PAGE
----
The readings on which this sermon is based are found at: http://users.bigpond.net.au/frsparky/r082.htm
s082o03 Lockleys 21/9/03 St Matthew
"do not rely on your own insight" Proverbs 3.5
When we read the passage "I desire mercy and not sacrifice" it might seem that the meaning is plain. God does not want sacrifices, and we take this to mean that God does not want us to ritually slaughter animals any longer. Well nobody really wants to do this anymore anyway, so we can breathe a sigh of relief.
Those of the more evangelical side of the Church have sometimes criticised the more high church amongst us, condemning any notion of the "sacrifice of the Mass". Whatever the service of Holy Communion is, it ought not to be seen as a sacrifice, for God does not want sacrifices.
However there would be few clergy (of any church-person-ship) who are brave enough to suggest that God did not want us to give of our money in a sacrificial way :-) ! That is a different matter, and anyway most money is tainted so the less people have the better, and therefore the more that the Church has the better :-)! We must save you from temptation :-) !
It is easy to be against things. One can fill one's life with good bandwagons on which to leap, in the name of improving society. I remember a Church Treasurer once saying &endash; if everyone tithed the Church wouldn't have any problems. This might be true, but it was said in a manner critical of those who didn't. We might campaign against pokies, but the reality is the economy of our State depends very much on revenues from the tax on pokies as well as our driving fines. It seems to be only the police who campaign vigourously against driving dangerously. Some people can play the pokies in a responsible way. The ones who play irresponsibly are not evil, yet this is hard to see this in the rhetoric. Some time ago I was given a postcard with a picture of a baby on it. The idea was to send it to our Prime Minister with the message that babies do not belong in detention centres. With my small knowledge of new settlers and the difficulties they do face in the community &endash; I am not sure that a detention centre might not be a preferable (if not perfect) alternative for a new born baby &endash; at least they have food and shelter. It is the same dynamic as the de-institutionisation of people with mental illness. It is wonderful in theory &endash; if only there was ready support in the real community to which they have been sent. I am led to believe that some criminals re-offend to be sent to prison so that they can be fed and clothed properly for a while!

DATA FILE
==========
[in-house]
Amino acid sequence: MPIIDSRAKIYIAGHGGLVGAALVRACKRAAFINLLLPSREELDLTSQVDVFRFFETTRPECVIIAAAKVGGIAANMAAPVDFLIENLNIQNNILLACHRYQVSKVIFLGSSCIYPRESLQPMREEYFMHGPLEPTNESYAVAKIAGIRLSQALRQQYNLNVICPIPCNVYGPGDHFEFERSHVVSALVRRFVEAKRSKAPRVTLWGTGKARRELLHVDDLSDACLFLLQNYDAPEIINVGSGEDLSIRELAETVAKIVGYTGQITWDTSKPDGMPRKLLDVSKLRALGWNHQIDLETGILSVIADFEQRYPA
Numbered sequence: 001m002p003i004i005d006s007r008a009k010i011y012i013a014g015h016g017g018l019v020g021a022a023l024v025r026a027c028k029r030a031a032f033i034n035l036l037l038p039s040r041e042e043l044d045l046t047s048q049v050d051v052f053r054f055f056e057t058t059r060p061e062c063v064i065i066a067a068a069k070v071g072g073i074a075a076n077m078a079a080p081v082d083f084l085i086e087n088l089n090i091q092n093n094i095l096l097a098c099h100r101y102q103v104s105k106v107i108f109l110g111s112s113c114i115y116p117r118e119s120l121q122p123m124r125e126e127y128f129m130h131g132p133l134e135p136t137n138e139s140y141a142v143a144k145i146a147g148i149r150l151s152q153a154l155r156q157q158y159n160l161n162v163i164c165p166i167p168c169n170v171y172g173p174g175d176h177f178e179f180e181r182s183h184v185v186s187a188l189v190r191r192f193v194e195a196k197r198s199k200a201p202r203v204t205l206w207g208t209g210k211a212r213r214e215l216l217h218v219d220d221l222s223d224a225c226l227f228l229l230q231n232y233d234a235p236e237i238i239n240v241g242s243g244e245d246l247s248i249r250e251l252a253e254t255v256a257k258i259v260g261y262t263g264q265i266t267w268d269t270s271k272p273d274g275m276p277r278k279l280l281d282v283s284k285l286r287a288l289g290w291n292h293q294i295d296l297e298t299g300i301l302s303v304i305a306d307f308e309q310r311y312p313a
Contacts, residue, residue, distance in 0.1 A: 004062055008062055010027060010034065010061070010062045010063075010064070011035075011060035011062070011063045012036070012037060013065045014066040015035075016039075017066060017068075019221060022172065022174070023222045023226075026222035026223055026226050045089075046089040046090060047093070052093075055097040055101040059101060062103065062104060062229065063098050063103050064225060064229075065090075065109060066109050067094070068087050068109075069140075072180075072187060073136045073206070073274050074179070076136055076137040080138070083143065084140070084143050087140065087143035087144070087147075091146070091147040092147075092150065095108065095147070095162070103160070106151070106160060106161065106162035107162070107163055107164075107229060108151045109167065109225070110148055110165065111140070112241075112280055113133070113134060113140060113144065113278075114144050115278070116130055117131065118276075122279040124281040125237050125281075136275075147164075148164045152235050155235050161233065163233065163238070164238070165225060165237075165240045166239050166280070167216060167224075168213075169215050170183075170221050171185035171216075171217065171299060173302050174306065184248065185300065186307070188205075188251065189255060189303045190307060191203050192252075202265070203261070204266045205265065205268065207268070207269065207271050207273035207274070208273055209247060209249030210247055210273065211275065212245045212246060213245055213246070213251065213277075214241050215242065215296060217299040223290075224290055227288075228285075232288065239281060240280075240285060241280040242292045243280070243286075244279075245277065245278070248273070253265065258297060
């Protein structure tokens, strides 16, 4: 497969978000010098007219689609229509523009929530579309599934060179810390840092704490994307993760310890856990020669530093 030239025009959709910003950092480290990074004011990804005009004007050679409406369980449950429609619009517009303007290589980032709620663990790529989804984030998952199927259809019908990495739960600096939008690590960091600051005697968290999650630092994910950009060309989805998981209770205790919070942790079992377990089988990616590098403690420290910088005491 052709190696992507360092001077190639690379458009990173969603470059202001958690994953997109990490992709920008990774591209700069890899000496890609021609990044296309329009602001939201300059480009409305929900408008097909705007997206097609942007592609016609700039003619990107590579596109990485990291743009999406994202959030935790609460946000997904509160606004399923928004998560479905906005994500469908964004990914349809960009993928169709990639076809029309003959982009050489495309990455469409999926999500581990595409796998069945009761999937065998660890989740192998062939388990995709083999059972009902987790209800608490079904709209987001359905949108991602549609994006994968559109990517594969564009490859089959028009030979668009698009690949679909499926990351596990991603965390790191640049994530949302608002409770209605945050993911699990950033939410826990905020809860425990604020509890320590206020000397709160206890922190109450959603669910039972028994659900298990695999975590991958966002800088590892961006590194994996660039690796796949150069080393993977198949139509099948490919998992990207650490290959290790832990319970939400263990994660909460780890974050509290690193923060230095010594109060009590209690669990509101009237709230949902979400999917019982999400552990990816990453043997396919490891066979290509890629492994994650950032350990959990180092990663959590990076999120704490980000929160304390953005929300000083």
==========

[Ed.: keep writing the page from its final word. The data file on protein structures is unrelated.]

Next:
And it is easy to be against things knowing, but discounting, the impact this might have on real people. So a legitimate desire to retain sovereignty for our boarders may mean that huge obstacles are put before innocent people. I'm sure our attitudes would be different if it were us!
One of the greatest contributions that the evangelical traditions of the Church teach us is the importance of scripture. The evangelical side of our Church are rightfully suspicious of liberal "wooly" thinking. Most often, of course, this is reflected in matters of an intimate nature. The evangelical wants to assert that God uses scripture to communicate what we should and what we should not do when it comes to our relationships with people of the opposite and the same gender as ourselves.
I would agree that the Bible is a manual for how we are to behave, though from my reading of scripture it has little if anything to say how we relate intimately to one another. It has lots to say when it comes to how we relate less than intimately, one with another. The words: "loving our enemies" spring immediately to mind.
If it is easy to fill one's life with causes to fight against &endash; the question becomes what are we called to fight for? But again it is easy to pick a cause that implicitly means that we are actually fighting against someone else. From my way of thinking, one of the most unhappy denominational descriptors is "Protestant". The scripture of Jesus is plain &endash; what God wants is mercy and this means us to be merciful towards others - not protesting all the time.